A few years ago, a fan who asked to remain anonymous actually sent me a $500 donation so I could attend LoneStarCon 2, the 1997 Worldcon (and the one that awarded me the Campbell). The fan knew from a mailing list that I didn't have the money to attend, and wanted to help out. In the end I returned the money because it wasn't the only factor that was preventing me from attending; I also couldn't afford to take the time off from work. But it does illustrate that there are people out there who are willing to make donations to writers, so I figure I might as well experiment with the concept myself.


This is good. I wonder if there will be academic peer review journals devoted to Science Fiction.

I'm thinking this because I was supposed to do a paper on Nathanael West and Los Angeles and I was trying to find an academic paper on Fritz Leiber's take on Los Angeles (either fantasy version or real version) but I found nothing.
I'm pretty sure there are academic journals that take articles on science fiction, but not being an academic at the moment, I know very little about them. But I think you might start with http://www.iafa.org and look around.
Hmm. Both very interesting ideas. Perhaps when I get far enough along in my career, I'll try to take advantage of the latter.
I'm actually considering trying what Bruce is doing, and offering subscriptions to a brand new story, or serial. Somehow, I feel that's more legitimate than just asking people to give me money because I'm blogging. :-)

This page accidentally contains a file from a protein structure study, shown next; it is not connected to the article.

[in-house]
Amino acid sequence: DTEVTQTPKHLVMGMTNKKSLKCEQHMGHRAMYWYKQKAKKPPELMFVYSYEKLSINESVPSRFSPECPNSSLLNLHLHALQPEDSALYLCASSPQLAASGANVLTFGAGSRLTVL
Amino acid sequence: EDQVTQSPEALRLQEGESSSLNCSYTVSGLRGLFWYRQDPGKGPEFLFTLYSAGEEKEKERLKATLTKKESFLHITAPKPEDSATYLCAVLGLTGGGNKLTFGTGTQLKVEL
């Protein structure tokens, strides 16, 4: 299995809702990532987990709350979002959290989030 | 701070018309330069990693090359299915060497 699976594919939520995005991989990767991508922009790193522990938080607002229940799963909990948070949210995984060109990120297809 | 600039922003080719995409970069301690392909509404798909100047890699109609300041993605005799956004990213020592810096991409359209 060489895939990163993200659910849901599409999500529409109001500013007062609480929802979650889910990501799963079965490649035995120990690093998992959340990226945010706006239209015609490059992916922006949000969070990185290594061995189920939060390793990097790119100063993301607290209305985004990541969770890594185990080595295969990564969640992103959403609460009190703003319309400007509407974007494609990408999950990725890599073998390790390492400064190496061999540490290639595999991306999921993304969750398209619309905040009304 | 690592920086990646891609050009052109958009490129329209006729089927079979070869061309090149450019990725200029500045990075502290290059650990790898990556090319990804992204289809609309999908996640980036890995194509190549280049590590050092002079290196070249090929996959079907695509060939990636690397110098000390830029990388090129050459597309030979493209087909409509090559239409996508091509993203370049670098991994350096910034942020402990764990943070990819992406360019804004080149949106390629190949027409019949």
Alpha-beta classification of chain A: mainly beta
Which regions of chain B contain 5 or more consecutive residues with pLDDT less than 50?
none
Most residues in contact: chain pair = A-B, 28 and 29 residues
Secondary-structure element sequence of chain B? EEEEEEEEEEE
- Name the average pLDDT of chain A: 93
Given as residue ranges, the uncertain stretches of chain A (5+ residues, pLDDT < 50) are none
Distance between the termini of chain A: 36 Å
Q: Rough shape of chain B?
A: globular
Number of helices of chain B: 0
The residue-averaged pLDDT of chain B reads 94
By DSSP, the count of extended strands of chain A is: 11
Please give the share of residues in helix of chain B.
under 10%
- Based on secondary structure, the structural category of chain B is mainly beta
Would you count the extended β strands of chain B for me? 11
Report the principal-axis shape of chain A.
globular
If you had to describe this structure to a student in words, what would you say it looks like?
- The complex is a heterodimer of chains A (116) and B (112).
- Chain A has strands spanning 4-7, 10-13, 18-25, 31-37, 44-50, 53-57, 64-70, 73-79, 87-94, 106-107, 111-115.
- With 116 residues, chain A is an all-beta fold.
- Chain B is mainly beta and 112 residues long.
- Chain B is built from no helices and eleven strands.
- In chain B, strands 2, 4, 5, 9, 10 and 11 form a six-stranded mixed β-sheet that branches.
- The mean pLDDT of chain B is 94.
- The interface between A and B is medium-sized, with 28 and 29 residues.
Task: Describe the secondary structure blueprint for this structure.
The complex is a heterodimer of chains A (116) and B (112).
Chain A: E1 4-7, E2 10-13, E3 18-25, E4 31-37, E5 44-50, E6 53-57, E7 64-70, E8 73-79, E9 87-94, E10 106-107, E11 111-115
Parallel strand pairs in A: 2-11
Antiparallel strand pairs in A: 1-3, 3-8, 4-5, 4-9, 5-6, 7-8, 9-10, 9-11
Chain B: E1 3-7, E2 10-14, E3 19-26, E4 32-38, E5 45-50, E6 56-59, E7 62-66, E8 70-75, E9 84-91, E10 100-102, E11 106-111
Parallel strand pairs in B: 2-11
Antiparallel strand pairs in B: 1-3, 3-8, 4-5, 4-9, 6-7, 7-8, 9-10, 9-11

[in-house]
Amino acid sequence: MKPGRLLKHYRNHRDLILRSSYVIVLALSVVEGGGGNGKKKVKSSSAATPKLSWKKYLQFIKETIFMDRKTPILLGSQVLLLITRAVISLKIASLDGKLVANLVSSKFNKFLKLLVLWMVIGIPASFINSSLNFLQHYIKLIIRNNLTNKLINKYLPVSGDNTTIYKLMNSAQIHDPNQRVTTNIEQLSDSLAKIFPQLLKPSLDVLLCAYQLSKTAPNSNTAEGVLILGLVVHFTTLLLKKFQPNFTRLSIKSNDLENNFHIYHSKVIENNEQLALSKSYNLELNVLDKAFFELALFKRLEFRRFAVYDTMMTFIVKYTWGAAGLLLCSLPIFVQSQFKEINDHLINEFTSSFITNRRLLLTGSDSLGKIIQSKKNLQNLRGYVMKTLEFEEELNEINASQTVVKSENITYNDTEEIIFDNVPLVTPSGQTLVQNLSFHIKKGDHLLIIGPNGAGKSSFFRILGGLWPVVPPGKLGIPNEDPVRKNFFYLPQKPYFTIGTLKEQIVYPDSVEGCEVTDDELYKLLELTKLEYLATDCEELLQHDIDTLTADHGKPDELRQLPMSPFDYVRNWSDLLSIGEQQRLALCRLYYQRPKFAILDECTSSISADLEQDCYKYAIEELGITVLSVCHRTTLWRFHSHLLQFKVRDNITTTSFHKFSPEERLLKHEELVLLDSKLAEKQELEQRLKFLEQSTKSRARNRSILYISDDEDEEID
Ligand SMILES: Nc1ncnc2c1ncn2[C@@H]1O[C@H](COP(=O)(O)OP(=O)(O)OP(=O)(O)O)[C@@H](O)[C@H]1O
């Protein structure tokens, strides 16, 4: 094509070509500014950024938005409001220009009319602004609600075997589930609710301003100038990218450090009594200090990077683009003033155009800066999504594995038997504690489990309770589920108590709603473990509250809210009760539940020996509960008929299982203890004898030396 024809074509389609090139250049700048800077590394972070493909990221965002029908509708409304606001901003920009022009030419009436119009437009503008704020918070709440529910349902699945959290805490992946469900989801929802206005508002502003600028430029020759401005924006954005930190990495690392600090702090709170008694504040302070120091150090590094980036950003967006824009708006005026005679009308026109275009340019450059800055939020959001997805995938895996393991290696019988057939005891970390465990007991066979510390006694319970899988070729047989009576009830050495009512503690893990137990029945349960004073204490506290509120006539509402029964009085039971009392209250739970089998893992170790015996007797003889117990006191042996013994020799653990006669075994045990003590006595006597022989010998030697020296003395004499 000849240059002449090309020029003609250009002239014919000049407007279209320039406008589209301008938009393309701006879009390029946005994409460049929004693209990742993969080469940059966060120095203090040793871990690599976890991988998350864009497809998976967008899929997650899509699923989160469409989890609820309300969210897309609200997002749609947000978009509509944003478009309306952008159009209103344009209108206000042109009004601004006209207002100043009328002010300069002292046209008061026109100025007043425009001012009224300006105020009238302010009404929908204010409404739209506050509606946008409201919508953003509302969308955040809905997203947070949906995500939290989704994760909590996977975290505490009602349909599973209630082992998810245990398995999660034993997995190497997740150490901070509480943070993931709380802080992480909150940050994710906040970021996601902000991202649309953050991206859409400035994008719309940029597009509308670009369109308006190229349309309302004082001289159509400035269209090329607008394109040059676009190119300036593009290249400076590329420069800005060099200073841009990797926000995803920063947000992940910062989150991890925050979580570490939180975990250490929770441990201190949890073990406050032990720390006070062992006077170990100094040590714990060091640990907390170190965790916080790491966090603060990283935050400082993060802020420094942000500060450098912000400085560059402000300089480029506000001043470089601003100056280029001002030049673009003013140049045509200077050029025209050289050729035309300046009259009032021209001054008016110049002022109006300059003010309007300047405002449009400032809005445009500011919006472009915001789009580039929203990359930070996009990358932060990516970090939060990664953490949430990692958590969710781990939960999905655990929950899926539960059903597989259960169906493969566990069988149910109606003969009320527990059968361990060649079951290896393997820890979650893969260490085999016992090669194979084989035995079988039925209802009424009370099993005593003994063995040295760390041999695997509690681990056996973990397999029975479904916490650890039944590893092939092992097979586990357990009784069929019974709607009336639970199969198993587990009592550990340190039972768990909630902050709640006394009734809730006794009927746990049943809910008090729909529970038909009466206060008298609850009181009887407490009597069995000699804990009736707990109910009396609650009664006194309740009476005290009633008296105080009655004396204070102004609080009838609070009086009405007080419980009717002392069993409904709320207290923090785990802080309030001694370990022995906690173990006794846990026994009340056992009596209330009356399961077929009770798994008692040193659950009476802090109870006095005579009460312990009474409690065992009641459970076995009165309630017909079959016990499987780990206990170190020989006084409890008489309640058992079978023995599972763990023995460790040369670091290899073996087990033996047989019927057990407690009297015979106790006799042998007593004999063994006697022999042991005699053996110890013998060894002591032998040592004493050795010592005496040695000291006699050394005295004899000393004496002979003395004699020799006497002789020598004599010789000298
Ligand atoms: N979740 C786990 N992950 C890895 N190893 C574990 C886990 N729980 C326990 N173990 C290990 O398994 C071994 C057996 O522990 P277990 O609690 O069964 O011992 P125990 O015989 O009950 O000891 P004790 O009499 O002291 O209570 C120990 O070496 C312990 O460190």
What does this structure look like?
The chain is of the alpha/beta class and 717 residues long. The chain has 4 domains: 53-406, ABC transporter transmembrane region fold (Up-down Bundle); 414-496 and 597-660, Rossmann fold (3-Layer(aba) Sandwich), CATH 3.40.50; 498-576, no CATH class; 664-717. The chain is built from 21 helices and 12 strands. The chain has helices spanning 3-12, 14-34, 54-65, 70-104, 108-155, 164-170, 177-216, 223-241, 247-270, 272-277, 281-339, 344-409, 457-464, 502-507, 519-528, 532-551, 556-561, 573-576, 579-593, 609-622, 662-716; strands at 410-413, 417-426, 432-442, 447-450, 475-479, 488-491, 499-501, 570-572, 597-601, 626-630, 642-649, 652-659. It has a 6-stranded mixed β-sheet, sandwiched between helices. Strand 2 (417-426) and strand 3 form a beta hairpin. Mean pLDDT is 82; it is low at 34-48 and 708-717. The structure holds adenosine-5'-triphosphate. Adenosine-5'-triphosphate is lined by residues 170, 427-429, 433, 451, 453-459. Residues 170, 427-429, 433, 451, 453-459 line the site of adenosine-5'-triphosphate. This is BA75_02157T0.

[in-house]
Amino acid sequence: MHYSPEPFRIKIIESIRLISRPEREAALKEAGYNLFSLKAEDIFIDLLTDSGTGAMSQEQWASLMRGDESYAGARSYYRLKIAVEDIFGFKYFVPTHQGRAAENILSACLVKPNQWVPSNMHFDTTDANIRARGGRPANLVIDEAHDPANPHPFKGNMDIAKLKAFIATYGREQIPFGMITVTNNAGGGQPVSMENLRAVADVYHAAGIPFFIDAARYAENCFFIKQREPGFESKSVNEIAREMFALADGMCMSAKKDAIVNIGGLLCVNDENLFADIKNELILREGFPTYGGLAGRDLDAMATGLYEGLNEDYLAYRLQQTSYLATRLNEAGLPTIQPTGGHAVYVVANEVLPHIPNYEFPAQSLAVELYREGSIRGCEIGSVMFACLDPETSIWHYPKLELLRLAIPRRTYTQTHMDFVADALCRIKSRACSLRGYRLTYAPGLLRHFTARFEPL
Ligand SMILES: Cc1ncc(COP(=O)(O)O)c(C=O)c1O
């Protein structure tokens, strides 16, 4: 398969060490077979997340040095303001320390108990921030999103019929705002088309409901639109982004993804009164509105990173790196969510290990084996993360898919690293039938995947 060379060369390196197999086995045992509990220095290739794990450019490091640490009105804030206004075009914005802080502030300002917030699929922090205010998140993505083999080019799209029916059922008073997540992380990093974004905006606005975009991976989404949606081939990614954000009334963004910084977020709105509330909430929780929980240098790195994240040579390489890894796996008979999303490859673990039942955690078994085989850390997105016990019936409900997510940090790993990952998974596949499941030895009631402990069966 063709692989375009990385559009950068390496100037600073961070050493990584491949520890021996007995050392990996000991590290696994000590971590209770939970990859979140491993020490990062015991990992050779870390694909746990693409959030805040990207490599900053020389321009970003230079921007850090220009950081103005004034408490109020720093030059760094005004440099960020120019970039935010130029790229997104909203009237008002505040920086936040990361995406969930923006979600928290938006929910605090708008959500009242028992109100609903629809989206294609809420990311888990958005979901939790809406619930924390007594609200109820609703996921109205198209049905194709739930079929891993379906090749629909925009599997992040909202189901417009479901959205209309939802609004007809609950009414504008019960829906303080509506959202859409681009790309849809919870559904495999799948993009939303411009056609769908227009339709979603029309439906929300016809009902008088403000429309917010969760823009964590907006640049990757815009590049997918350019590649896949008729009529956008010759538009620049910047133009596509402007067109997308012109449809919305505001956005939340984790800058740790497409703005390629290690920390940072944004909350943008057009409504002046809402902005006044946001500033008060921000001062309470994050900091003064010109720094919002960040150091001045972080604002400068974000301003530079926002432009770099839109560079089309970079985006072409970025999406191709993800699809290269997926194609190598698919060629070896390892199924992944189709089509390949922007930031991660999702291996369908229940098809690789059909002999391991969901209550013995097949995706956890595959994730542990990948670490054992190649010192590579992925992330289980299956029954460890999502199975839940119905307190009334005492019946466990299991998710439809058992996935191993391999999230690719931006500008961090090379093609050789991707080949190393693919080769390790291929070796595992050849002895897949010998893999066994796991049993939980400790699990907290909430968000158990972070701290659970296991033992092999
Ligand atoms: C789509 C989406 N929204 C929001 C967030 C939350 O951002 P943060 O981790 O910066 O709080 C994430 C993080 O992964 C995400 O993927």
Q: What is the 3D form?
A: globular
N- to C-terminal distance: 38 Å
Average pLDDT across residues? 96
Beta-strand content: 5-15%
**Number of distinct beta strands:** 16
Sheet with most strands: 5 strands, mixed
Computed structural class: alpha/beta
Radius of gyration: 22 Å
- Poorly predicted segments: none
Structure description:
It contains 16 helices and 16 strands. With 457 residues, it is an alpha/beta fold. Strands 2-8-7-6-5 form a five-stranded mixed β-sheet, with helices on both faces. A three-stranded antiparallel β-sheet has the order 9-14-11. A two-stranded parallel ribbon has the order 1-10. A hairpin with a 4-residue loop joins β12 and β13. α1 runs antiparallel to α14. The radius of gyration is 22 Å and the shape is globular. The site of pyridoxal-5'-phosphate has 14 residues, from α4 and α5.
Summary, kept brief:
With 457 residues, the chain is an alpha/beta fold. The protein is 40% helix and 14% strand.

2 things-

1. Feel free to cross-post to Pandemonium_bks whenever the mood strikes you.

2. Randy Millholand's readers donated enough to pay his bills for a year so that he'd write more. (www.somethingpositive.net)
1. I will. I presume you're saying I can cross-post this one? I'll do that now.

2. Yes, and that was a fantastic thing! However, from the beginning Milholland made it clear that one could donate to him for the content he was providing. And his comic strip is the main content. In my case, I tend to assume that people are willing to pay for stories, but not necessarily for my random blog posts, since I never promoted myself in that way.

Day jobs

The whole problem of striking a balance between day job and writing has been killing me lately. While the Internet helps you get out there, it's also reducing the number of places that pay you to write.

To feel better, I did this a practical interview with Jeff Vandermeer about getting published in the speculative fiction world.

I'd love to hear what you think...

Jason Boog

Re: Day jobs

A lot of what he says makes sense.

I've recetly bemoaned the state of the short science fiction market in a post about the death of the Sci Fiction website (2005-11-14). (I also had a few followup posts, which can be found by clicking here and here.) I wouldn't say that it's become harder to make a living writing, but it's always been difficult to impossible to make a living simply writing science fiction and fantasy.

The way to balance a day job and writing is to commit to writing at least a page a day. Treat it as its own job, or else it won't happen.

And if your day job is too draining, do your best to quit it and find another.

December 2016